Using a Netconf client is the desired way of connecting to a Netconf server but I sometimes find it convenient to use the OpenSSH ssh client to connect to the server for testing purposes. It’s even provided as an example way of connecting to the server in RFC6242:

[user@client]$ ssh -s -p 830 netconf

However, when the server is based on libnetconf2 the connection is quickly interrupted after invoking an RPC. There is a timeout specified at libnetconf2 compilation time on the server-side which happens to be triggered by a newline character included by the terminal to the request just after the message separator (]]>]]>). That newline character is treated by the server as the beginning of a new request.

I’ve found a workaround for that issue with bash redirections and named pipes. We need to create the input pipe:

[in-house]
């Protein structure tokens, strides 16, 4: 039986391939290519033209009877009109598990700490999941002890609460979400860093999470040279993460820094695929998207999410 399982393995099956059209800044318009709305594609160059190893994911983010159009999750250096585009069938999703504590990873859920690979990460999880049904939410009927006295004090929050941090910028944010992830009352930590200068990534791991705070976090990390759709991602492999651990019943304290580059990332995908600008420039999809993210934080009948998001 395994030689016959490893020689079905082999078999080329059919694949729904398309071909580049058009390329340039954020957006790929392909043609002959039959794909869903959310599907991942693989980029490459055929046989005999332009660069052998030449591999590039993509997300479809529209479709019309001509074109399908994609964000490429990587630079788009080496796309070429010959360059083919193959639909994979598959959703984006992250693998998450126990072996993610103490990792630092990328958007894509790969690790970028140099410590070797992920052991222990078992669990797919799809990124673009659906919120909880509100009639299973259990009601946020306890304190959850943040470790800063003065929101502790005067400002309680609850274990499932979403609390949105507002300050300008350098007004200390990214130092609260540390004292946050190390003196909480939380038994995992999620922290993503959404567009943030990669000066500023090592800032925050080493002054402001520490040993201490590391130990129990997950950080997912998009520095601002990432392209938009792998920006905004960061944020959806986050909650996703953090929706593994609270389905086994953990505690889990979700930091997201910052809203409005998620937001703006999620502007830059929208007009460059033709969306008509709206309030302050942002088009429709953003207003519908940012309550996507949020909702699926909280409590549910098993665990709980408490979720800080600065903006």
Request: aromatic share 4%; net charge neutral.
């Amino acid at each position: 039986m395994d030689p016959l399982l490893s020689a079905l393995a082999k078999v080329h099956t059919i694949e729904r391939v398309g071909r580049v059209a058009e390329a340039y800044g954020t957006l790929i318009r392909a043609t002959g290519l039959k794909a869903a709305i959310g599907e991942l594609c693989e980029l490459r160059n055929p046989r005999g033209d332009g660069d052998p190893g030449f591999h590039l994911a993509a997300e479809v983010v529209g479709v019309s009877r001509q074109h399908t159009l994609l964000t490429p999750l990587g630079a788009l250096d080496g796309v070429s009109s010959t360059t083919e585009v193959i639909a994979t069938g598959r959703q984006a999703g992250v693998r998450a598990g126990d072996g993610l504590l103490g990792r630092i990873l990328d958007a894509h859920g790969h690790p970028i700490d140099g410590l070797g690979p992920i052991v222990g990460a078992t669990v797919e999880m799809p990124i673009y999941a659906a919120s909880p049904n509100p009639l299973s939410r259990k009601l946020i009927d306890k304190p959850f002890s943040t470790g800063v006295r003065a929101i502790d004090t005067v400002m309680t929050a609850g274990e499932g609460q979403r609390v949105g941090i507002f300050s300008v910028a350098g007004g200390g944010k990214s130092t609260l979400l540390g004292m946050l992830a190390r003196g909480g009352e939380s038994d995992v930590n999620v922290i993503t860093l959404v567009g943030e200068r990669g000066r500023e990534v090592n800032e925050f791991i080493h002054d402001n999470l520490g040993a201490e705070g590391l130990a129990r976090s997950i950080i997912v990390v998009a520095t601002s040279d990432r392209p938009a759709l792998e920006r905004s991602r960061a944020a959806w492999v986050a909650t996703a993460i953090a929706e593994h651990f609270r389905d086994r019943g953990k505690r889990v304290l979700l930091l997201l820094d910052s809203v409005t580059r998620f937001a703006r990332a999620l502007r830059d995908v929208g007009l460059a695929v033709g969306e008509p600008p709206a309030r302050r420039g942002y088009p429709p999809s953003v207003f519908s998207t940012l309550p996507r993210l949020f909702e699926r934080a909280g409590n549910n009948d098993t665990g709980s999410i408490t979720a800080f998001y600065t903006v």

Then connect to the server:

ssh -p830 -s netconf < &

Define a redirection to

exec 9>

Now redirect your request this way:

>&9 echo -n '<hello xmlns="urn:ietf:params:xml:ns:netconf:base:1.0">

Try to invoke another RPC:

>&9 echo -n '<rpc xmlns="urn:ietf:params:xml:ns:netconf:base:1.0">

No timeout happens! Close the file descriptor when the work is done:

exec 9>&-

Note you can’t directly write to the input pipe with echo -n "<request/>" > as it automatically closes the pipe which makes the ssh command stop reading the input. We need a way to manually open and close the pipe. That is why I’ve used exec with a redirection (it modifies the shell state). The same goal could be achieved by using {varname}> which assigns a new file descriptor number to varname and makes the redirection “persists beyond the scope of the command” (see bash manual: redirections).

The solution above does not work when you use password authentication. If that is the case we need to provide a command that outputs the password, which can be done with the SSH_ASKPASS environment variable. You may also need to set the SSH_ASKPASS_REQUIRE variable to force (requires OpenSSH 8.4 or newer, use sshpass with older versions).

I’ve prepared a small script that wraps all the details. It should be used the same as the ssh but there should be no timeouts; additionally there is no need to send the client hello message.